Black imitator on left, blue original on right (showing knob adjuster)

I couldn’t say it was difficult. I mean to say, how hard is it to sew a simple tube? One side seam. Hem top and bottom leaving a small gap at one end to thread elastic (I could have made it with an attached elastic, but I didn’t). That end will be the top, because you pull the toob over your head and adjust it so your nose is nice and warm. It required only very simple sewing, which I can do reasonably well. Boy could have done it, but he was busy with homework. The toob works fine. I recommend such a thing if you’re looking for a quick, easy project (and you have a cyclist of some variety or other who’s looking for such an end product).

 
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Posted by on August 13, 2012 in Cycling, Knitting, Rowing, Sewing

 

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clothing diary

I’ve already outlined the first few days of wearing scarves/cowls. Here’s the rest of how I managed to wear me-made during May, although not to any great extent, certainly rarely with anything approaching styling and equally certainly with much repetition; to the point of boredom, really!

Saturday, 5/5: Triangular neck warmer with weekend clothes.

Sunday, 6/5: Green and blue scarf, with blue jumper over white T-shirt, blue trousers and green jacket. You’d think I must have been going somewhere to get that dressed up, and so I was. Youngest Aunt and I attended a matinee performance of The Merry Widow, which we thoroughly enjoyed. And on the subject of me-made, Youngest Aunt was wearing a little knitted scarf that I made for her birthday the year before last.

Monday, 7/5:The same green and blue scarf with black jacket and trousers (for work)

Tuesday, 8/5: A by-design casual day at home/out and about, which was unexpectedly warm; so the dodgy Portia top with blue trousers and cardigan fitted the bill no probs.

Wednesday, 9/5: Once again, the blue/green scarf with grey trousers and houndstooth/grey jacket. OK for court; and sorry about the poor photography, but you can see the scarf. I should add that I have a shorter scarf I made from the same fabric about four years ago and I wear that quite often during summer, as it’s short and more decorative than truly functional.

Blue-and-green scarf, a long version

Thursday,10/5: black and white scarf with black trousers, jacket and shoes, and white stretchy top. OK for court, though the matter didn’t proceed. Photographed on phone. Crappy pic, to be sure; I must have been feeling extraordinarily browned off when I took it! Changed to colourful scrappy crocheted Moebius when I came home (because I needed extra warmth).

OK, I match the decor. Can I go home now?

Friday, 11/5: I knew I’d be in court again and that the weather was meant to be slightly warm. I couldn’t decide what to wear but knew the choice would be between blue or blue of some shade with, well, I wasn’t quite sure what! It was blue trousers, once again with the blue/green scarf and the grey sports jacket.

Saturday, 12/5: At home, keeping warm while working in the sewing room for much of the day. Blue bootleg stretch trousers, blue polo-style top and cardigan with the scrappy, crocheted Moebius cowl.

Sunday, 13/5: As it was Mother’s Day and we were having cake and coffee with the nonni, I wore the triangular neckwarmer with yesterday’s trousers and the grey sports jacket. Yeah, I think I need some new clothes! I ended up putting on my old teal lattice jumper (very old; I knitted it in 1984) because I was simply cold and the made-for-me-by-my-Mum shawl, while lovely and warm, was too awkward for work.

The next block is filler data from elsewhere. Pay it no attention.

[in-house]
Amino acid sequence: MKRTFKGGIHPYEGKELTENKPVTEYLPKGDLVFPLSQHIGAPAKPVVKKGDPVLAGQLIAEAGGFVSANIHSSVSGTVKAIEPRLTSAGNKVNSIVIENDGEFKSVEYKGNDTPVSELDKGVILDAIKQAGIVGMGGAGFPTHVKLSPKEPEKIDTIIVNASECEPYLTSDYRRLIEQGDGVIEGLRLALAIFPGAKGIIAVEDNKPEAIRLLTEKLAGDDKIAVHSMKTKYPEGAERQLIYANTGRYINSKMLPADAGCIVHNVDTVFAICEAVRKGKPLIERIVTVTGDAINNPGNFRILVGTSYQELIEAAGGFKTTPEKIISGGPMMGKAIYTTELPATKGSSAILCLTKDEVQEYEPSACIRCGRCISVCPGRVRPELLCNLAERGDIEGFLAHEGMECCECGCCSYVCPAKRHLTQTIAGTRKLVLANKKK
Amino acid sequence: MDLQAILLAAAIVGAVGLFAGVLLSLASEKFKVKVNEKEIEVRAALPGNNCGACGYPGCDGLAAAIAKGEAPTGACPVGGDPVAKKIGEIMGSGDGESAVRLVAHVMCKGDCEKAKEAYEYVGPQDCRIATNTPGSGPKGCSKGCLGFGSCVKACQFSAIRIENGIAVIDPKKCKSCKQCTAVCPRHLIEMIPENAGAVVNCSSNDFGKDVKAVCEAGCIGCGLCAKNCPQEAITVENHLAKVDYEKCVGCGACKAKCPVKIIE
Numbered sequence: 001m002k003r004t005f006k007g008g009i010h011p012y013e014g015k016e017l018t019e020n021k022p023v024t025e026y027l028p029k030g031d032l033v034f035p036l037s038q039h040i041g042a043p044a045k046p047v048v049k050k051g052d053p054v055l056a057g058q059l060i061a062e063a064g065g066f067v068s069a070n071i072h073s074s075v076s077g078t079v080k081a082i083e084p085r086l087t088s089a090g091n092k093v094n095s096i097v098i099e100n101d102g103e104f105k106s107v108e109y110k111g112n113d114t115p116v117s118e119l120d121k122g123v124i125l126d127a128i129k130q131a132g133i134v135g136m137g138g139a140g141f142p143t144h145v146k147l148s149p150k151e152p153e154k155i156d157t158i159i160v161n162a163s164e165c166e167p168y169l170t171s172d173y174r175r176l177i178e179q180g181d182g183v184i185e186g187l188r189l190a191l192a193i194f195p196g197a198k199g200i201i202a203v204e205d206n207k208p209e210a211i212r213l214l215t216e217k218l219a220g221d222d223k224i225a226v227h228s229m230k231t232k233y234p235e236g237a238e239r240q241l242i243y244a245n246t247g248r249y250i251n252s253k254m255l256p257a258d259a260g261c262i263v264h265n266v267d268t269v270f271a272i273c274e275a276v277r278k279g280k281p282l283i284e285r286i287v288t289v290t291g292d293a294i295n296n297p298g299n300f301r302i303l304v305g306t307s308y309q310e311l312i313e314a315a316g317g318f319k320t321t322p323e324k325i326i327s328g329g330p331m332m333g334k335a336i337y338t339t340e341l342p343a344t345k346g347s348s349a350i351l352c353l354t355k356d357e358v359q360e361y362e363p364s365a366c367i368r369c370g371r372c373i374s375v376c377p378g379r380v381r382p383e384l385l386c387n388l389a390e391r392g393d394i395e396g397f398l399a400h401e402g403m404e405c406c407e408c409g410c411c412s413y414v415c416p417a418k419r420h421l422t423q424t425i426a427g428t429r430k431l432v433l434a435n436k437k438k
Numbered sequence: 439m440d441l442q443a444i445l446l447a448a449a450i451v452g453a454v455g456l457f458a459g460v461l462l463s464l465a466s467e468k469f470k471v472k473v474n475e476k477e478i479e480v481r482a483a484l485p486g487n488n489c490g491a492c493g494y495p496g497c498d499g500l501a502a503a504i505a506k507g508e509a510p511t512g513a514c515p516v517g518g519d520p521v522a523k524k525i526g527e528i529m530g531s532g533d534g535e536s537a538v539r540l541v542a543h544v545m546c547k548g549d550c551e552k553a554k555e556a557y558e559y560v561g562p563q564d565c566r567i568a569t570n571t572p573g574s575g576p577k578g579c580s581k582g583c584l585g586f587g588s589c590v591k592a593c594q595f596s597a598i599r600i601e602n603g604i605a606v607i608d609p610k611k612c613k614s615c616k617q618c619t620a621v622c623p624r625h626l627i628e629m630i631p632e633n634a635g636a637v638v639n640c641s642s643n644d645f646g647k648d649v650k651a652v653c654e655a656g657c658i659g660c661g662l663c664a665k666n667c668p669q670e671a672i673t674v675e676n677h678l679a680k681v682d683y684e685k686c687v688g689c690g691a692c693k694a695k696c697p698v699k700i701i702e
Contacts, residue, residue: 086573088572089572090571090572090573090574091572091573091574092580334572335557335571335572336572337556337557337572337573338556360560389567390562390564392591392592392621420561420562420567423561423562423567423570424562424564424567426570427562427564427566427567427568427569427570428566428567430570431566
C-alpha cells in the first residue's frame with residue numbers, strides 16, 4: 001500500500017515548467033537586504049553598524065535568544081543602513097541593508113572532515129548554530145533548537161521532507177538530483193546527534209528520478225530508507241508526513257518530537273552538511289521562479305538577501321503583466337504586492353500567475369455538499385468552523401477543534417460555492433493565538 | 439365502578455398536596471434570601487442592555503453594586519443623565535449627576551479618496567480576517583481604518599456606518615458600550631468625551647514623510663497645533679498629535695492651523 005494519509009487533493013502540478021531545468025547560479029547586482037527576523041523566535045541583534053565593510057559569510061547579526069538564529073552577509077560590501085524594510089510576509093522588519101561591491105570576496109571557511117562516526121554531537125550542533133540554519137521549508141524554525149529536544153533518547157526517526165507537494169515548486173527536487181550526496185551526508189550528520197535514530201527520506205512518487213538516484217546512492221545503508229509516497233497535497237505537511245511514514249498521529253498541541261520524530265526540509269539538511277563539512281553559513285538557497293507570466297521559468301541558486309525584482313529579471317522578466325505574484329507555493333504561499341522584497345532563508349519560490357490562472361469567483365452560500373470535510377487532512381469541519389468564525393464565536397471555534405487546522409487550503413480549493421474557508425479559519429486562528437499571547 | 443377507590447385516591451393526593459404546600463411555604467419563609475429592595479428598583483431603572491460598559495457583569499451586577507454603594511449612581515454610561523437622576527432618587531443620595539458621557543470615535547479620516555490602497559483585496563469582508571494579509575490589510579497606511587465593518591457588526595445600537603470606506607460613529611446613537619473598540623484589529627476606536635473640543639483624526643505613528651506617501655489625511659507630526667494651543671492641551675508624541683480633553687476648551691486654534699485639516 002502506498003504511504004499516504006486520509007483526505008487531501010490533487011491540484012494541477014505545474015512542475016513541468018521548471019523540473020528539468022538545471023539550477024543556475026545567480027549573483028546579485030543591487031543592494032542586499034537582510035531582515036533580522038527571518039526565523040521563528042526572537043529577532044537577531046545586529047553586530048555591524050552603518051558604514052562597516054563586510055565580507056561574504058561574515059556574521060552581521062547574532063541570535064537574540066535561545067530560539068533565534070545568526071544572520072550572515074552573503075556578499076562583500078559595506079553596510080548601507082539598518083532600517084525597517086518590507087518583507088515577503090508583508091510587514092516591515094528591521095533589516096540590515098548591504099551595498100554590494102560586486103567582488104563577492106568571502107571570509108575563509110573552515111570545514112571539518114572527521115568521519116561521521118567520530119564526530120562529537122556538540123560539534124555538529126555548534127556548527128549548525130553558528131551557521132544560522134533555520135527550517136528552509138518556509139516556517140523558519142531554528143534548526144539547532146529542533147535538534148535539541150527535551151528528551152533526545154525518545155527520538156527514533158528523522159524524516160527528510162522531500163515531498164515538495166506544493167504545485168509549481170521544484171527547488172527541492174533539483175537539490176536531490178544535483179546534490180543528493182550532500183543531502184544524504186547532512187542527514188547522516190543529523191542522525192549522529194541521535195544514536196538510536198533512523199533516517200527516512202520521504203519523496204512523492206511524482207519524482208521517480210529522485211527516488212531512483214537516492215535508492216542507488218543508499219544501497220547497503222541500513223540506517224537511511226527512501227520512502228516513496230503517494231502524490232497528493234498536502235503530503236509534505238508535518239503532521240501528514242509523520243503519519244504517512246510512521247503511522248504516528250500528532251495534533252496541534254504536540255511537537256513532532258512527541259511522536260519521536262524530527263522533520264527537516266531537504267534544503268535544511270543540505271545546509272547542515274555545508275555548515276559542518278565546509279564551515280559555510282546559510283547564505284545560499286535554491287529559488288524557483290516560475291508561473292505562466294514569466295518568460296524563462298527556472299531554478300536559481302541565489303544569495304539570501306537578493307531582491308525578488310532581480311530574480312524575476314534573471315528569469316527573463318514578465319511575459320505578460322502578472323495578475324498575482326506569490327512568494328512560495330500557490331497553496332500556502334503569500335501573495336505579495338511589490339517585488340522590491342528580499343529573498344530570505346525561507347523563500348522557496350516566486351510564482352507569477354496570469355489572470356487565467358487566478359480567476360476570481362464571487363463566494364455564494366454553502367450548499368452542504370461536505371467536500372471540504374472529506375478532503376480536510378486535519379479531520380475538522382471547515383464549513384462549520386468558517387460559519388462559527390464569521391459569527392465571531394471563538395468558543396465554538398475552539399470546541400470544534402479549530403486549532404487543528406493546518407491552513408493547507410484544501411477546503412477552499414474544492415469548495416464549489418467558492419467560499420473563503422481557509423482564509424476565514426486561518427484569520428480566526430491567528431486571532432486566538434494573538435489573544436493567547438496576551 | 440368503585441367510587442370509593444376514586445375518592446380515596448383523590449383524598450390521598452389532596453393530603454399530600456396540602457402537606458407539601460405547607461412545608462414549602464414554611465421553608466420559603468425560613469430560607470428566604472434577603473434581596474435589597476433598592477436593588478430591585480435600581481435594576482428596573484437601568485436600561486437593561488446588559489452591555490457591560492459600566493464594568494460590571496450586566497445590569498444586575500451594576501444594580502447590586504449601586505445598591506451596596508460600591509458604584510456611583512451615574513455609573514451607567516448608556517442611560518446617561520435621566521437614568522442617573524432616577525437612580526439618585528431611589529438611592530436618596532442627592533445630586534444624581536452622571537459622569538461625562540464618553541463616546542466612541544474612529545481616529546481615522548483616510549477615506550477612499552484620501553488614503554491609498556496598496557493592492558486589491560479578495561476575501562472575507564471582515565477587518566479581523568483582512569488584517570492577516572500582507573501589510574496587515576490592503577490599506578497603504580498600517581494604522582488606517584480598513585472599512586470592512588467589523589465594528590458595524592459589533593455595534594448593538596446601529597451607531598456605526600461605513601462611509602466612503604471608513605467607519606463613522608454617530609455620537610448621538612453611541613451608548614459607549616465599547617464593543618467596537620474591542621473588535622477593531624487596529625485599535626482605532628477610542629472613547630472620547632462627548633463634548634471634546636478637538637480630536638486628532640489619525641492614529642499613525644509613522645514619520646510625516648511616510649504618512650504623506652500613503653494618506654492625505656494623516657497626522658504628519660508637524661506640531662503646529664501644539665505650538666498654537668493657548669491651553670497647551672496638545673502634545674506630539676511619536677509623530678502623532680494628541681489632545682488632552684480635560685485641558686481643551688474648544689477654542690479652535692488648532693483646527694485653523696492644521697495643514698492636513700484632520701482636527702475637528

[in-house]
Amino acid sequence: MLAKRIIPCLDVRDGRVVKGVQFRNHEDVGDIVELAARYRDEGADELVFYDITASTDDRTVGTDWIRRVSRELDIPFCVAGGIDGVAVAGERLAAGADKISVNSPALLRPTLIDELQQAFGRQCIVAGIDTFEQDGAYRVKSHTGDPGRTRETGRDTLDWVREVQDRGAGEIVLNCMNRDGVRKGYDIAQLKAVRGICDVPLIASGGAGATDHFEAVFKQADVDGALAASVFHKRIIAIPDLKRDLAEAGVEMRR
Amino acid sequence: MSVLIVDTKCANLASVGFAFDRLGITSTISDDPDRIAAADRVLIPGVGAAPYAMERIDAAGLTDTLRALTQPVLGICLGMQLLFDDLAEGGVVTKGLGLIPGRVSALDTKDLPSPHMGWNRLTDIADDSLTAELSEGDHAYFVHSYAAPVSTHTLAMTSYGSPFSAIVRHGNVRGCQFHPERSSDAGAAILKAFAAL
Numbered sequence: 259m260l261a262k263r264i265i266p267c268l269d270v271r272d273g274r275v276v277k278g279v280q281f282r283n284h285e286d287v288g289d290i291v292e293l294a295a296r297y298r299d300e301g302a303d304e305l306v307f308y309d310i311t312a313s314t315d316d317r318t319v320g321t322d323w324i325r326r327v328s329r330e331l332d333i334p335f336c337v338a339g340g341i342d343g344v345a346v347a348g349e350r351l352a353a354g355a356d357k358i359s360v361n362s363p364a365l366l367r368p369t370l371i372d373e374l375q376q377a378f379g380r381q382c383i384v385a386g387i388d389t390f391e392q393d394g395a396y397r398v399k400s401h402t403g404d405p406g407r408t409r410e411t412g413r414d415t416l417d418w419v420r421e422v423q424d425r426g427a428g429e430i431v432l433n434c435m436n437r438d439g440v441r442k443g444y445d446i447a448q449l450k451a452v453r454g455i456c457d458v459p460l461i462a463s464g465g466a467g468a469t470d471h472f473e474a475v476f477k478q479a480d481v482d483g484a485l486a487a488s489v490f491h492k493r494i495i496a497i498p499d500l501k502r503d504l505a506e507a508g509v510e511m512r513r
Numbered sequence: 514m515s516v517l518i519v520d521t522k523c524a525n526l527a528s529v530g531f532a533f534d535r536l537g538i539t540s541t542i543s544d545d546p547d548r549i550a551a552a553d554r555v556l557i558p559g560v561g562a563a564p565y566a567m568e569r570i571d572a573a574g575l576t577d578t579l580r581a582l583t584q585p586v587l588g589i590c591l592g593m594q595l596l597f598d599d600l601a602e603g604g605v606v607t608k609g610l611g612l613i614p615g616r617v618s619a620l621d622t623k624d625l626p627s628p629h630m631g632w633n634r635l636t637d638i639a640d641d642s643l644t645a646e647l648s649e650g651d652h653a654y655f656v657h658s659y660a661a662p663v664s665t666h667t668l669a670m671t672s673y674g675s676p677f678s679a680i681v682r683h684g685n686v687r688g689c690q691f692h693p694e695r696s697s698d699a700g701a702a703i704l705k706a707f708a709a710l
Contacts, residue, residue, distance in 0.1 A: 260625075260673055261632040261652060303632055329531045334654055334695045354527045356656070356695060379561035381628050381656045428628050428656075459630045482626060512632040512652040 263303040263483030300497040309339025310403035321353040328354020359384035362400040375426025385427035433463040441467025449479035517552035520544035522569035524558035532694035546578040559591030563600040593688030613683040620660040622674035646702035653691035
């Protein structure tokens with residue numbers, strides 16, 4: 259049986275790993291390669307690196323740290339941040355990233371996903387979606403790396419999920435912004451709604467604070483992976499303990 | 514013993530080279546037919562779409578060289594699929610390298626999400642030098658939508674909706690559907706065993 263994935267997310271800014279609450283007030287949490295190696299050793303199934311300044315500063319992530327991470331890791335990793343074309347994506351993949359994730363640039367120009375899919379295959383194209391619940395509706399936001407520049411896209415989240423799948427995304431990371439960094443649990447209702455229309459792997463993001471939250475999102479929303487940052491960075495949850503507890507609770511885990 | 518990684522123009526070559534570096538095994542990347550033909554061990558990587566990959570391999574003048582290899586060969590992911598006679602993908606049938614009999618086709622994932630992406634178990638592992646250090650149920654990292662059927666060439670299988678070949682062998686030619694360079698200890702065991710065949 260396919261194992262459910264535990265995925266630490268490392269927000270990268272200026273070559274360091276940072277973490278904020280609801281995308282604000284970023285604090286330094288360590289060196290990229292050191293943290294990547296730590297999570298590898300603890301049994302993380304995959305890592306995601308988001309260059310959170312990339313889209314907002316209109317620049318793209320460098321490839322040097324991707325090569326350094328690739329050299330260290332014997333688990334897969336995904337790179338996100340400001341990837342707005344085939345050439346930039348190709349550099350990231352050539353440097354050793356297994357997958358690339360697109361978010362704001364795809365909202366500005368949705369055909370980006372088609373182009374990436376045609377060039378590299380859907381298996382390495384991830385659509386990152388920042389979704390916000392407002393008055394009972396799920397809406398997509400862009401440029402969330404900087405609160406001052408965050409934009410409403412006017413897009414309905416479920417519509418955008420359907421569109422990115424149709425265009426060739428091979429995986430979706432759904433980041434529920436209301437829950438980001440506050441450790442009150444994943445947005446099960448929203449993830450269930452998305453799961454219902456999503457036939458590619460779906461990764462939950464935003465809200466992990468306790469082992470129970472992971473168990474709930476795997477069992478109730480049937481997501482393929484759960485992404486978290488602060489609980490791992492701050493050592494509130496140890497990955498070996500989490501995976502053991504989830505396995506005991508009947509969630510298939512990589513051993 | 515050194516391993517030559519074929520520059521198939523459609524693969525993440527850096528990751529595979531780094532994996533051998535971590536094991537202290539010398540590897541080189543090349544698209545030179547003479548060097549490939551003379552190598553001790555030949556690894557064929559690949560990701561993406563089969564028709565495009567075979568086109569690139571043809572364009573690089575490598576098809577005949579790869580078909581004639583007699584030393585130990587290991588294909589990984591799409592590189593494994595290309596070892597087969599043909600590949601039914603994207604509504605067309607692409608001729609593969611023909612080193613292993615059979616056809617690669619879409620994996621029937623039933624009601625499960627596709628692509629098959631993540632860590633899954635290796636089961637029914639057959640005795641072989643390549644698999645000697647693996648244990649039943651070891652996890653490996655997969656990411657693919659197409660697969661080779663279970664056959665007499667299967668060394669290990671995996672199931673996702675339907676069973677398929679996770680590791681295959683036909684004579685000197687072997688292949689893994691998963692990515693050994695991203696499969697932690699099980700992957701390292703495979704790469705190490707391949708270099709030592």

Monday, 14/5: The eight-foot-long, knitted side-to-side, three-coloured, linen-stitch scarf, complete with tassels, made its first outing today. I rationalised that I couldn’t really give away something with mistakes in it but I’m sure I could have! Heck, I know the mistakes are there and I can’t see them (not without searching, anyway). I had several comments on how nice the scarf is and how thick and warm it looks. It’s certainly thick and it’s certainly warm, which was a great thing when I was walking home from the bus tonight. The colours are pretty and I took a photo on my phone to prove that I actually wore it. Not that I know how to get photos off the phone and onto my computer, but we’ll deal with that another day.

It really is a lovely thick and warm scarf, and my colleague loves it!

Tuesday, 15/5: So I gave away that scarf, although I wore it to work and out at lunchtime and had put it on to come home again when one of my colleagues, whose elderly mother is presently quite poorly, mentioned how nice it was and I thought, “Well, she’ll probably love it and the colours would suit her,” so I whipped it off and presented it to her, all 75 feet of it including mistakes, as I pointed out! That is, I pointed out that there were mistakes. I didn’t actually point out the mistakes, as I’d have had to have searched to find them. I can knit another such scarf and perhaps make it shorter and wider. Just not tonight, that’s all.

Tomorrow, then, I reckoned I’d be back to my old green scarf or the scrappy, crocheted Moebius cowl, as the weather was decidedly too cold for chiffon fabric scarves. Either that, or I’d have to knit all night and finish off my Stephanie shawlette, which is made with a lovely soft acrylic in a very pretty blue. I pulled it out of the knitting box to check its progress. No, it’s too short and I have to unpick some of what is there because of a very obvious mistake (if not two of them). The trouble is that, being of my own reckoning as it is, I haven’t written down what I was doing, so it might take me a little while to work out the pattern in any case. I keep miscounting the yarnovers, that’s the main problem. In any case, it was clearly not an option for work.